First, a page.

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The Civic Scene: Queens Civic Congress testifies before Boro Board

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The New York City Charter makes it possible for the public to testify before the Queens Borough Board on the mayor’s Fiscal Year 2003 Preliminary Expense and Capital Budgets. The Queens Civic Congress, an umbrella organization of some 100 Queens civic associations, presented the consensus of what the citizens of Queens feel is necessary to maintain their quality of life.

The Queens Civic Congress would like a fair share of the city’s budget for education, youth, seniors, parks, libraries, additional building and housing inspectors, funding for traffic studies, for sign replacement, routine staffing of community police beats and funding to increase school maintenance.

The civics feel that any money obtained as a result of the Campaign for Fiscal Equity must supplement — not replace — any current funding. In spite of what some leaders are saying, analyses of educational outcomes show that small classes and additional programs in music, sports and the arts are valuable.

The congress opposed cuts to youth and aging programs because seniors are often the glue which holds our communities together. Libraries are an important institution for our educated and technologically advanced society. Even if the threats to the libraries are corrected in June there will be many lost hours of use between now and then.

Recycling is important for our earth because we are using up resources and throwing away materials that can be reused. My feelings are that a society which cares about the Earth will care about people and other living things. It is also weird that we set the rates for water usage prior to the determination of how much money the Water Department will need.

The needs of the Buildings Department and zoning changes require a whole separate discussion.

The Queens Civic Congress has proposed several ways to save money. One way would be not to sell bonds to obtain an additional $1.5 billion for the budget. If we don’t sell bonds we can save $130 million in interest rates over the next 20 years.

There can be a modest personal income tax adjustment for multimillionaires to net $500 million. Reintroduction of bottle and can buyback centers rather than eliminating recycling and then having to get rid of these resources as trash can save another $100 million.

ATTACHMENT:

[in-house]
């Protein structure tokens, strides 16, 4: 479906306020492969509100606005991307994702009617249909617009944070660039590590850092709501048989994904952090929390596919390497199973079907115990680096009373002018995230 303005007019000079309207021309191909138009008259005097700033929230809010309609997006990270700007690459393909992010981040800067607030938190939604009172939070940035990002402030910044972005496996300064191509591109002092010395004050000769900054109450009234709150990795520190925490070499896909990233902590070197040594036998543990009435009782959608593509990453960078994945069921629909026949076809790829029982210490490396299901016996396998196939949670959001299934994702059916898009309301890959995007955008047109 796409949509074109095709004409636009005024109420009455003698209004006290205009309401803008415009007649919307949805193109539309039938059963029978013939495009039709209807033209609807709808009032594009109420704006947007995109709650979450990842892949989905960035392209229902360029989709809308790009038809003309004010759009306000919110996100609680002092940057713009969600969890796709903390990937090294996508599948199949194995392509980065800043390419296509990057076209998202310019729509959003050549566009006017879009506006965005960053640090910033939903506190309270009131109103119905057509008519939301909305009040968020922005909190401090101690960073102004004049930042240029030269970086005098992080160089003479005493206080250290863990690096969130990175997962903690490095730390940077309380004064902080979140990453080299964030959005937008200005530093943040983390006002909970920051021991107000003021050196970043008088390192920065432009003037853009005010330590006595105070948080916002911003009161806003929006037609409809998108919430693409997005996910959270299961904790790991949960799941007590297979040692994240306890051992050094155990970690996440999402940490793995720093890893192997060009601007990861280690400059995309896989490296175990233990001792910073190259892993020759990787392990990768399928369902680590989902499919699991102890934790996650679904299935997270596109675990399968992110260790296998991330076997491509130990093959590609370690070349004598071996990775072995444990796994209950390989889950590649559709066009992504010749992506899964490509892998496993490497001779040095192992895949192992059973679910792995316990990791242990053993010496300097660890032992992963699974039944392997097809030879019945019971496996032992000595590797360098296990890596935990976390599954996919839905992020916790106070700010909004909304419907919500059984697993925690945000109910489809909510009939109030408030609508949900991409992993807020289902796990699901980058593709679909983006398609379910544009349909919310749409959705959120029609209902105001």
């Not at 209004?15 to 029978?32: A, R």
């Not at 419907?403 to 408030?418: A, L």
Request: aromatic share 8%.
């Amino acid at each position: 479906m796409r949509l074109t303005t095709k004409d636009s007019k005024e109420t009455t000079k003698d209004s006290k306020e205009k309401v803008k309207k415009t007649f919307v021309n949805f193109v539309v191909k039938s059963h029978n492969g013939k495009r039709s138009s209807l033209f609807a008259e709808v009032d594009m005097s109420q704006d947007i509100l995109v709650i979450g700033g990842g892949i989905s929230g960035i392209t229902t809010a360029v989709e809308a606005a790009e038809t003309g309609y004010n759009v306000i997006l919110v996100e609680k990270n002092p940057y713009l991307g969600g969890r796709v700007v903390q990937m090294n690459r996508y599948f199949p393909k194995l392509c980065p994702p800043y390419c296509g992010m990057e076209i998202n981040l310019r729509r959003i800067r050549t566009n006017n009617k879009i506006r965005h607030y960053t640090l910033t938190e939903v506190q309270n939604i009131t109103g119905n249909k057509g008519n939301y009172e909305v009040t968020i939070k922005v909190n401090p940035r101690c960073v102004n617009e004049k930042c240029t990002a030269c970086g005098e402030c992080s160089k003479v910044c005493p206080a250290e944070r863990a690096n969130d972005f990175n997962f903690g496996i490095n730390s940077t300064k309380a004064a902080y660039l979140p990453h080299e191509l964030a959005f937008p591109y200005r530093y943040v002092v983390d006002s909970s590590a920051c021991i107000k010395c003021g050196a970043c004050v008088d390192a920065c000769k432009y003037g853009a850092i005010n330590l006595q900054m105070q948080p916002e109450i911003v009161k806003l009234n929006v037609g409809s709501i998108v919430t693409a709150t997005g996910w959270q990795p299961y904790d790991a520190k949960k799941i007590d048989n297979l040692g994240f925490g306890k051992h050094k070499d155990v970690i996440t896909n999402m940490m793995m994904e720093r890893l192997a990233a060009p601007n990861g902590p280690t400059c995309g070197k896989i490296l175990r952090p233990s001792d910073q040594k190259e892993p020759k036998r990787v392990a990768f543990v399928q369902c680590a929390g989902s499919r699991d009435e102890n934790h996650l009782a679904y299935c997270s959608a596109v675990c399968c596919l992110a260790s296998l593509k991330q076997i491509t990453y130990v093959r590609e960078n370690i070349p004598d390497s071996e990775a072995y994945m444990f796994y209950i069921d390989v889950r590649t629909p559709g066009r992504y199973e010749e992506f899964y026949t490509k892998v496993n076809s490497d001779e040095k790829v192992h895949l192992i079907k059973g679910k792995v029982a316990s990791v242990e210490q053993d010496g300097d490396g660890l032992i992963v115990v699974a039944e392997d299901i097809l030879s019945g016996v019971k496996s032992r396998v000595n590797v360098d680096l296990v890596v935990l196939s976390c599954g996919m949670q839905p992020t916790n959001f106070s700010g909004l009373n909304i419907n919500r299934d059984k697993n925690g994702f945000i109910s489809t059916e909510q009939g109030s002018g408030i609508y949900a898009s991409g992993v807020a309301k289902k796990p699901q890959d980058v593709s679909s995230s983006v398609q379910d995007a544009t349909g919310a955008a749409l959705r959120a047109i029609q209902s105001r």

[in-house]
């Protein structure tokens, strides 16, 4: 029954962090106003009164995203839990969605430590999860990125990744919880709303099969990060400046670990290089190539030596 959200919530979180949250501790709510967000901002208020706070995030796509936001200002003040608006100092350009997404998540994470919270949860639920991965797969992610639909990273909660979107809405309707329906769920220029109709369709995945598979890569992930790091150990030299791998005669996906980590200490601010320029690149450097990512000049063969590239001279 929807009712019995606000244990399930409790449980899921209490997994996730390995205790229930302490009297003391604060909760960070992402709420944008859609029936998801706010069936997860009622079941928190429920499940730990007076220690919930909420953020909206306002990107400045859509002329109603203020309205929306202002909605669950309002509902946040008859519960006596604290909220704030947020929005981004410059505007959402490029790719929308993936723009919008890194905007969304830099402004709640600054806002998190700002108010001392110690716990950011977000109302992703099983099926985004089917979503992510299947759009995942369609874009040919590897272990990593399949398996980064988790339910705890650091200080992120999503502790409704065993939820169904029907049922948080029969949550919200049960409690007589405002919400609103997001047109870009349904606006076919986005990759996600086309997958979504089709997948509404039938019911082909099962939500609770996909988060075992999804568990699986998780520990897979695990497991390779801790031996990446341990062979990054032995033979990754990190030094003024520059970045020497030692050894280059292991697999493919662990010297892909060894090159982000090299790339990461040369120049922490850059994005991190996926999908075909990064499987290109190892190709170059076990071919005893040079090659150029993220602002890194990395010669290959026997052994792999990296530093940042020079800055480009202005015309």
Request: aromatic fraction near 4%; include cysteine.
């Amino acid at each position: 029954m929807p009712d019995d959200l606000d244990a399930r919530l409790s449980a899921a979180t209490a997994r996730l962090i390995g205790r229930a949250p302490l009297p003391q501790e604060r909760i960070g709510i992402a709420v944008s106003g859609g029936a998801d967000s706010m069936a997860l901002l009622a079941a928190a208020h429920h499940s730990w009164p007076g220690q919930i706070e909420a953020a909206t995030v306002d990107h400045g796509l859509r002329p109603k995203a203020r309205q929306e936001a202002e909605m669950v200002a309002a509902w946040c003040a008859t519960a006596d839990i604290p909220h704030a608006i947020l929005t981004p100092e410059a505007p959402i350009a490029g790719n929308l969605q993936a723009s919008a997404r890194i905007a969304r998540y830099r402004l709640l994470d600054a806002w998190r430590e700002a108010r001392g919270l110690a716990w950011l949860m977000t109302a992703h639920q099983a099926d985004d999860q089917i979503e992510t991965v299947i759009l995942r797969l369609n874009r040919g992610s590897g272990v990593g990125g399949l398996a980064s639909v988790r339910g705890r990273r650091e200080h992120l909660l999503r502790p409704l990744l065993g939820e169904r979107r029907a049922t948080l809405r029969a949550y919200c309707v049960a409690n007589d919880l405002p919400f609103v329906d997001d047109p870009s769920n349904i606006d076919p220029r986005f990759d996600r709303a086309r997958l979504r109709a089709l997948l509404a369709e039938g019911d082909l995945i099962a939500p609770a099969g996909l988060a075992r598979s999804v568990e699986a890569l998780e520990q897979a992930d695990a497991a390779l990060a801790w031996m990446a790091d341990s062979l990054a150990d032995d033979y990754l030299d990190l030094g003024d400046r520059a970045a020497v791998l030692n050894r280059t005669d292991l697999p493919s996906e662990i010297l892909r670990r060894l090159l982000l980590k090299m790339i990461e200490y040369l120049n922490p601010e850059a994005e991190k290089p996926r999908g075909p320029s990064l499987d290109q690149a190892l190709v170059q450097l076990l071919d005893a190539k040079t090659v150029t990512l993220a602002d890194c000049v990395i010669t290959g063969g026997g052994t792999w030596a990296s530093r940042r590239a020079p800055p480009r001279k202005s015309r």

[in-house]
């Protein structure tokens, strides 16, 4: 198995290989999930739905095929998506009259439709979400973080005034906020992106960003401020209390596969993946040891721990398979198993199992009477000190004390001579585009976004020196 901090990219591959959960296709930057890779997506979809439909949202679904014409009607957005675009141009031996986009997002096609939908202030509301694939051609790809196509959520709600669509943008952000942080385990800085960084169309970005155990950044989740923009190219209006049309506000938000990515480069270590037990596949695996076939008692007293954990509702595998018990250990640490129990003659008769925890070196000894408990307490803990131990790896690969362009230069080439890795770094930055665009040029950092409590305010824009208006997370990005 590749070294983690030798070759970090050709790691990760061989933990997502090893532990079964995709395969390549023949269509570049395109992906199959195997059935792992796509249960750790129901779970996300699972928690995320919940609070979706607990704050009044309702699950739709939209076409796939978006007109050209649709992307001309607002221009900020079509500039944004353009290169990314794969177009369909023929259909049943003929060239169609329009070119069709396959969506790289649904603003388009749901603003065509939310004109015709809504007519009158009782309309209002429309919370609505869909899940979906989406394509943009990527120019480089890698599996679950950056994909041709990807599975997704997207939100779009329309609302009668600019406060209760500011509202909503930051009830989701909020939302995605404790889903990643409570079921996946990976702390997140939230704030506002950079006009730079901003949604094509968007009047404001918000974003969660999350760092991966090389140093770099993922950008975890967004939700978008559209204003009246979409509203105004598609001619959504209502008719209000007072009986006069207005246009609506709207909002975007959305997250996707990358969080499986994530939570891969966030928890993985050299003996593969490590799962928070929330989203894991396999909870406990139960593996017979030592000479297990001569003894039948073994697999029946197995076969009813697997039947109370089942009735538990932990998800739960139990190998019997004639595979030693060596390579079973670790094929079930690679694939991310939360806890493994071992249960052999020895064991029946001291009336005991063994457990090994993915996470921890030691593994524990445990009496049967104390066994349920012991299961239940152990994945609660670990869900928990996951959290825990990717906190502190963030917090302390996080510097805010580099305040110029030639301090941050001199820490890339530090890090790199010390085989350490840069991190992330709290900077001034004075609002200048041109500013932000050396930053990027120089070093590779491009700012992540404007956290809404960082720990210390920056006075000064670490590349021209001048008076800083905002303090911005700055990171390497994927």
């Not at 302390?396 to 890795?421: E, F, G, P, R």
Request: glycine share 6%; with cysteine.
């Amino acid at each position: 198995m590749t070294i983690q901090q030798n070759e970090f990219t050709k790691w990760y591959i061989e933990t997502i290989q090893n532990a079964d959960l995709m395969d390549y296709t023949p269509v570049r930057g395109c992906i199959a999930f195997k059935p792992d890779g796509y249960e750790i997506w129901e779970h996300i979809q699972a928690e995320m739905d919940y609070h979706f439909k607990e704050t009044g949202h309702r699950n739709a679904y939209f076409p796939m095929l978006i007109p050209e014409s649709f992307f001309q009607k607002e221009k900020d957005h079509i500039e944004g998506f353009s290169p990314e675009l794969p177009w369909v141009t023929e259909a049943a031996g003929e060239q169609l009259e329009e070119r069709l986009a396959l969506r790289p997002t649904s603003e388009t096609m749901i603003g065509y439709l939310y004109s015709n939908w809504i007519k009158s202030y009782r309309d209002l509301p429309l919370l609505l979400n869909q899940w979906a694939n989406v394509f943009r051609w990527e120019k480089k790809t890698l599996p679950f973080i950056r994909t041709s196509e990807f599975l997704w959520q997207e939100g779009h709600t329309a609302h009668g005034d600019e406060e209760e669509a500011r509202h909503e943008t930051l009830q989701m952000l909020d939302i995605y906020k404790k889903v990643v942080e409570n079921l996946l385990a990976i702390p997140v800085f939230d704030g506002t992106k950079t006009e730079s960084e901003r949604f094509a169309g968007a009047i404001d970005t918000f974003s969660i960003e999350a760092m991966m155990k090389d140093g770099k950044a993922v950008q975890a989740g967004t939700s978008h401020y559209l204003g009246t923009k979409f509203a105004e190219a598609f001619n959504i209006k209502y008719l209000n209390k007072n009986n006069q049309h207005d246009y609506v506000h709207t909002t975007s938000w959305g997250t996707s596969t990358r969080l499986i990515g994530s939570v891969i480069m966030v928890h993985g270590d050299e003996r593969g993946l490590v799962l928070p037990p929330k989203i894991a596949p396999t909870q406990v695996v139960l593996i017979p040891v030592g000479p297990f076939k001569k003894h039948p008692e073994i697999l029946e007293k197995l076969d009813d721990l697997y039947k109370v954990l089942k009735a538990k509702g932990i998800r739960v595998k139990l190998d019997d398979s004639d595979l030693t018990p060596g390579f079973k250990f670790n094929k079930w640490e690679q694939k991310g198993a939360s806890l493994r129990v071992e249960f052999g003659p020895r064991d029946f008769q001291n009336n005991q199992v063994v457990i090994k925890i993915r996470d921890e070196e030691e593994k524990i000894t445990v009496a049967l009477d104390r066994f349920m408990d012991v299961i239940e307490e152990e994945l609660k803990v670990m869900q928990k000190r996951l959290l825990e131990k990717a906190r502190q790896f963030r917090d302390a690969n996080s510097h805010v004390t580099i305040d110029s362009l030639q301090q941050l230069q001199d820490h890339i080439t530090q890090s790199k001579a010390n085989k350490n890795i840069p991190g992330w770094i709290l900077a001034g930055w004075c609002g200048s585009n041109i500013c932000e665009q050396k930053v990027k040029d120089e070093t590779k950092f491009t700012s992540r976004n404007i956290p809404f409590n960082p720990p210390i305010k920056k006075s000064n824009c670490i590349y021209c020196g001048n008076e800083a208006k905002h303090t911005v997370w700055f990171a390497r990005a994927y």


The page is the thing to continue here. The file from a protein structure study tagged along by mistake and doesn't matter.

Reinstating the commuter tax — perhaps at a bit higher rate — could generate about $450 million a year.

Agencies can eliminate one or two high-ranking officials to save. If we obtain higher quality inspectors, pay them a higher salary and encourage them to enforce the building and zoning laws, we could not only have a better quality of life but obtain perhaps $1 billion from fines and land usage fees which people are not paying for now. The biggest complaints by homeowners are about illegal conversions and usages by some people which ruin the quality of life for their law-abiding neighbors. Actually imposing and collecting fines would be a start.

A strategic capital plan that requires projects to be well built on a specific timetable with real penalties for incompetence and cash rewards for builders who are ahead of schedule could probably save us $500 million.

This is what the Queens Civic Congress proposed to the Queens Borough Board which is composed of city council members and the borough president. Helen Marshall listened to everyone and asked questions which show she is well informed — a good start for a new administration.

Good and Bad News of the Week

The desire of people to be part of an ethnic group has created an interesting situation for our new Councilman David Weprin. His mother was born in Cuba as Sylvia Matz and she knows Spanish so well that she taught bilingual biology at Jamaica High School. Weprin doesn’t feel that his Jewish background should disqualify him as a member of the Black and Latino Caucus.

Well, the caucus just did welcome John Liu who is our first Asian-American councilman. It just might work because I believe that if Weprin joined the Black and Latino Caucus it would be the largest group in the Council. I guess the name of the game is alliances and with all the different groups in Queens politics should be interesting here for years to come. Just make sure you vote.

Reach columnist Bob Harris by e-mail at TimesLedger@aol.com or call 229-0300, Ext. 140.

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